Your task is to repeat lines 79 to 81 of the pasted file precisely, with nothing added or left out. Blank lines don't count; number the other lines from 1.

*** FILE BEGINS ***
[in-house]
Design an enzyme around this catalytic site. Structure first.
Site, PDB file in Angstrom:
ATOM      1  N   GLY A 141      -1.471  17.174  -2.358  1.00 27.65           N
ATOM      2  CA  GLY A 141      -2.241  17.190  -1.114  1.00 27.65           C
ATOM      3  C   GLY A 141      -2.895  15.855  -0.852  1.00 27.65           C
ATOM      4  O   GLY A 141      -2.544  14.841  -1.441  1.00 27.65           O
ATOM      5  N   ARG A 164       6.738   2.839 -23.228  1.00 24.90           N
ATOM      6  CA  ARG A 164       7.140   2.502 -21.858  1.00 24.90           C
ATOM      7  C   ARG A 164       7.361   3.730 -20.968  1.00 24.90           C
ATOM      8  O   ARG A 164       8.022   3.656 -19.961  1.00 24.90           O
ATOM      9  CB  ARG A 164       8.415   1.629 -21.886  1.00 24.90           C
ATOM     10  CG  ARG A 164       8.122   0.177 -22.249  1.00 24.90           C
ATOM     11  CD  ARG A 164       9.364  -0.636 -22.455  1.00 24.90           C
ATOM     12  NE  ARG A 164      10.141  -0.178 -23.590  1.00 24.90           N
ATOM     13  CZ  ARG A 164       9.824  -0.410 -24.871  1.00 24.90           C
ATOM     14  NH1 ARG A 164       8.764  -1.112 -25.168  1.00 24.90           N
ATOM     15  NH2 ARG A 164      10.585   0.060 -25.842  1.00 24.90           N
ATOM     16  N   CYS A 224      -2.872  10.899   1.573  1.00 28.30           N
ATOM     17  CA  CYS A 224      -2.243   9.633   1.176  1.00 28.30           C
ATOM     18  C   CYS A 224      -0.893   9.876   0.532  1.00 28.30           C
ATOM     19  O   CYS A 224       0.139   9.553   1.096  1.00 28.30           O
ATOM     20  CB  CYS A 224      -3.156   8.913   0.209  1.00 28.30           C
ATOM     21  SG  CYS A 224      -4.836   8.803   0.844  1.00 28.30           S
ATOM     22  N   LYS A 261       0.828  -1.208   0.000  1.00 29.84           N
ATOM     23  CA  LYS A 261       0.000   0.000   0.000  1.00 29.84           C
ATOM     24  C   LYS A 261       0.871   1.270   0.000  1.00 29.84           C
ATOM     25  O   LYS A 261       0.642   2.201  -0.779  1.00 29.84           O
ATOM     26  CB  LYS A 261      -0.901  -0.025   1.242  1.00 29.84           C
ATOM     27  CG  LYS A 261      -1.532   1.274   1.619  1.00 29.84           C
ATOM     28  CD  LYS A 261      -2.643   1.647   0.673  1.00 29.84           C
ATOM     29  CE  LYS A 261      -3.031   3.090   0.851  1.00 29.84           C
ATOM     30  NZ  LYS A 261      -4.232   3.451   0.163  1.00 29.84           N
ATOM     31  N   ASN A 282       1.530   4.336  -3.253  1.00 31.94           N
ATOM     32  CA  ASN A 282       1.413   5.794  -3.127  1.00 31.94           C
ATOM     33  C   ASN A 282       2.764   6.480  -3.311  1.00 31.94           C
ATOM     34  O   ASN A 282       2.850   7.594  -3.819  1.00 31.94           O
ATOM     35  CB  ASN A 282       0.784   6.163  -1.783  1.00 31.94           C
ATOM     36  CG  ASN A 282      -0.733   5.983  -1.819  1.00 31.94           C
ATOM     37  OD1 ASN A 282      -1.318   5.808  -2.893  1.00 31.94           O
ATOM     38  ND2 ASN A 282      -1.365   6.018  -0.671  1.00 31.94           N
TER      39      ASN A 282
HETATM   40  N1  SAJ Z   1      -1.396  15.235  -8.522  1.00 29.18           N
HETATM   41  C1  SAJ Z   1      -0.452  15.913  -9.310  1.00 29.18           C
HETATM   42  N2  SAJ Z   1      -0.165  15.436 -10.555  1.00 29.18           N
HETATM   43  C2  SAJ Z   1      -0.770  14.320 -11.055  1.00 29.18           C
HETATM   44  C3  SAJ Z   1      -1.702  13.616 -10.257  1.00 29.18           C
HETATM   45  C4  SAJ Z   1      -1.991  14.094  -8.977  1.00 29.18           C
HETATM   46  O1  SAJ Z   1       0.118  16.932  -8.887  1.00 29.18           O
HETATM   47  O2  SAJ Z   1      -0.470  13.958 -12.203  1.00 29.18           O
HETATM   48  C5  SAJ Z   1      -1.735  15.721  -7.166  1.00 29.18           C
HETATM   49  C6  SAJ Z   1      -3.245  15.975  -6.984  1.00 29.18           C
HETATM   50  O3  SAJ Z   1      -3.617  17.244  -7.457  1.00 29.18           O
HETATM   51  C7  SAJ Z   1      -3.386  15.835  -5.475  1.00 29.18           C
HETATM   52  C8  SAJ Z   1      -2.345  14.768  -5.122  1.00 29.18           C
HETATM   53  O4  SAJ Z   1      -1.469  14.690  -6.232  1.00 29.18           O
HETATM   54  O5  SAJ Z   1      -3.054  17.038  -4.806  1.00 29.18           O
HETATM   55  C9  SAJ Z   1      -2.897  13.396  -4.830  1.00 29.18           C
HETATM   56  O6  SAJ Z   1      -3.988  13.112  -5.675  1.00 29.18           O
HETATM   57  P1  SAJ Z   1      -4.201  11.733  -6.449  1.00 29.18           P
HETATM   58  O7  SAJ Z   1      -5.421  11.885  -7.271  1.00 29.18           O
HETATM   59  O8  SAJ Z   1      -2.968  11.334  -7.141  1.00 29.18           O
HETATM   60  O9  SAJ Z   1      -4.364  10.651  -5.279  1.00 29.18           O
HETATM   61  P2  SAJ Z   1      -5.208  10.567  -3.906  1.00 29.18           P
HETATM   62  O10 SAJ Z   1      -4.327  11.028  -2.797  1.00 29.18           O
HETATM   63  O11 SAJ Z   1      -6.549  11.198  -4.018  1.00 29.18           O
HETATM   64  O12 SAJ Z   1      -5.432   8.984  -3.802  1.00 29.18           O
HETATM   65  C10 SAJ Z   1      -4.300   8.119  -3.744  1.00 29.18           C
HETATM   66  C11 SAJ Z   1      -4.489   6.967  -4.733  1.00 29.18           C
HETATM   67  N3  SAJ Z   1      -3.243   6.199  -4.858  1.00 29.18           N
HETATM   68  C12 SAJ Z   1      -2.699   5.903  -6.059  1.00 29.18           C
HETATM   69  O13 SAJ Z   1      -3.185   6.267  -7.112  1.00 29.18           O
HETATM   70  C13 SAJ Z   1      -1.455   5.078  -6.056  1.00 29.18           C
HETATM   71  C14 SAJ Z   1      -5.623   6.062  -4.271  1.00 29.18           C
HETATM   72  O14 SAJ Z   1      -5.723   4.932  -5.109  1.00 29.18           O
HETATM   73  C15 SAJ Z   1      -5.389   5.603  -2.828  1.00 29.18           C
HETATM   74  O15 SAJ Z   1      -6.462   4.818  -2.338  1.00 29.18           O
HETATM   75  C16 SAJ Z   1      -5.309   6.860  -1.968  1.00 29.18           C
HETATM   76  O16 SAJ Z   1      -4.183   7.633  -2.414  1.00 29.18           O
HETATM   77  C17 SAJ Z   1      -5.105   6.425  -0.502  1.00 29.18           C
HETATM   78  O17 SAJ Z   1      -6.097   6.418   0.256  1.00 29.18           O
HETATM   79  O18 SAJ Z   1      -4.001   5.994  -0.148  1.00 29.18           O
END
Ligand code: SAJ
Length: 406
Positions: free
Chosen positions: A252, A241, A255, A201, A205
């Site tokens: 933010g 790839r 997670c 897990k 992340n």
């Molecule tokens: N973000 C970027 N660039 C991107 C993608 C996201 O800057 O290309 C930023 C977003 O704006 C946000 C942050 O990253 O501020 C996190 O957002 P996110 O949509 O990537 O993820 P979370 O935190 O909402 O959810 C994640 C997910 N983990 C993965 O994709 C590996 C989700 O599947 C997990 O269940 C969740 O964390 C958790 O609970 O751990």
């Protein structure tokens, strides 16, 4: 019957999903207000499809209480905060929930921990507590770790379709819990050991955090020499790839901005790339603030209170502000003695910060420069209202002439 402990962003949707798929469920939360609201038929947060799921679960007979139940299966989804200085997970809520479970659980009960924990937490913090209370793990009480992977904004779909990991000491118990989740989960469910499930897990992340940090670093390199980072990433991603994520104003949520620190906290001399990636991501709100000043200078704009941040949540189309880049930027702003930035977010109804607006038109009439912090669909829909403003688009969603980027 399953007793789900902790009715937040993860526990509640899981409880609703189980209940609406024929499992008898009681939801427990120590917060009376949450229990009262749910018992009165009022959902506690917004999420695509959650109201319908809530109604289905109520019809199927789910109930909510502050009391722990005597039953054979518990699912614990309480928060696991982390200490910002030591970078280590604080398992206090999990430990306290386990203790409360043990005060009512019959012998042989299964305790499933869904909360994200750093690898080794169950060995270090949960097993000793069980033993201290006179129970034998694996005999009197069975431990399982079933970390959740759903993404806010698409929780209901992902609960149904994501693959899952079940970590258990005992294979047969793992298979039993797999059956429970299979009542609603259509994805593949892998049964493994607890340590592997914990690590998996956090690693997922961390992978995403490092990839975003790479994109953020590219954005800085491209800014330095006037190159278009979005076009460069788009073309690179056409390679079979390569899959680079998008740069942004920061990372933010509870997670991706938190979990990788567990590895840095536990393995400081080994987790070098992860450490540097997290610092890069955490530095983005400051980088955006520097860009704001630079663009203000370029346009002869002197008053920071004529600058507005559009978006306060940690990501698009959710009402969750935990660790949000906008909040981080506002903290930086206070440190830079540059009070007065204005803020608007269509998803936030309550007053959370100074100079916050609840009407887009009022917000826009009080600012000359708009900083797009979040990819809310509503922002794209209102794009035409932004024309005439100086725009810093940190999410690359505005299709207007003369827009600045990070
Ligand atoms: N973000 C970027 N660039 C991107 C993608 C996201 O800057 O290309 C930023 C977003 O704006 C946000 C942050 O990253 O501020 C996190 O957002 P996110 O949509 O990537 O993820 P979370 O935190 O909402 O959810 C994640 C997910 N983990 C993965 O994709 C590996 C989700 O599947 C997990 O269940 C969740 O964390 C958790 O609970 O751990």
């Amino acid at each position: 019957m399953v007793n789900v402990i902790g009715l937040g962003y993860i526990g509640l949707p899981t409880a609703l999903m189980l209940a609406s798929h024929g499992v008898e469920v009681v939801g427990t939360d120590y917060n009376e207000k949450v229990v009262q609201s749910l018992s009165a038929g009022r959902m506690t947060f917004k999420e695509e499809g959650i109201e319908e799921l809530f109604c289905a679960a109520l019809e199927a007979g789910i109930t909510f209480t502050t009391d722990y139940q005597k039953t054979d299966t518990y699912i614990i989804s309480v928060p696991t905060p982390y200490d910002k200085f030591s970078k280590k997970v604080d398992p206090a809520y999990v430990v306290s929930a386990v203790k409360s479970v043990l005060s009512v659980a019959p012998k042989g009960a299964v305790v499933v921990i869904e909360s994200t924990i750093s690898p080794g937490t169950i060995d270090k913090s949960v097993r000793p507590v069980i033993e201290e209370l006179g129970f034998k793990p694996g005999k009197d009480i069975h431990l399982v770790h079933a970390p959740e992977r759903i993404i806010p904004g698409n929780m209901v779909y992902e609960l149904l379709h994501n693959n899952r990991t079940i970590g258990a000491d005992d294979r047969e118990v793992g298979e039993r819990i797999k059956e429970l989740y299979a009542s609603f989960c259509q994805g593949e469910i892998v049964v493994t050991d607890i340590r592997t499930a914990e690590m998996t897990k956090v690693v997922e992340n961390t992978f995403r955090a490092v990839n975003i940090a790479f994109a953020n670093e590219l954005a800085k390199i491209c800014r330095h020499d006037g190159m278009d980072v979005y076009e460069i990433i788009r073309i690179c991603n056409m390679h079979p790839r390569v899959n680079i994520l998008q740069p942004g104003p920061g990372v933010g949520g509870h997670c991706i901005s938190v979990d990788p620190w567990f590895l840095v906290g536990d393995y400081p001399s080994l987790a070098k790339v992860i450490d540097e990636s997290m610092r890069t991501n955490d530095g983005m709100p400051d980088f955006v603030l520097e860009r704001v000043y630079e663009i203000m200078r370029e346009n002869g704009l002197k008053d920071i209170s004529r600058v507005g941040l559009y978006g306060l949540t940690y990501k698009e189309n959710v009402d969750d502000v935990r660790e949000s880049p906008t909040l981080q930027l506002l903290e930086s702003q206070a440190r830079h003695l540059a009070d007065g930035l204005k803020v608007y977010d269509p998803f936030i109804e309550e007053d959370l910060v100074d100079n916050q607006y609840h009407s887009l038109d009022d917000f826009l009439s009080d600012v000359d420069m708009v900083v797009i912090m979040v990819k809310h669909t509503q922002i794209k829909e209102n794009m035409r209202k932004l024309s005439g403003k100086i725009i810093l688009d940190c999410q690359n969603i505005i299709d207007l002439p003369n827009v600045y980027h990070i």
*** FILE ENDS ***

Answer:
HETATM   76  O16 SAJ Z   1      -4.183   7.633  -2.414  1.00 29.18           O
HETATM   77  C17 SAJ Z   1      -5.105   6.425  -0.502  1.00 29.18           C
HETATM   78  O17 SAJ Z   1      -6.097   6.418   0.256  1.00 29.18           O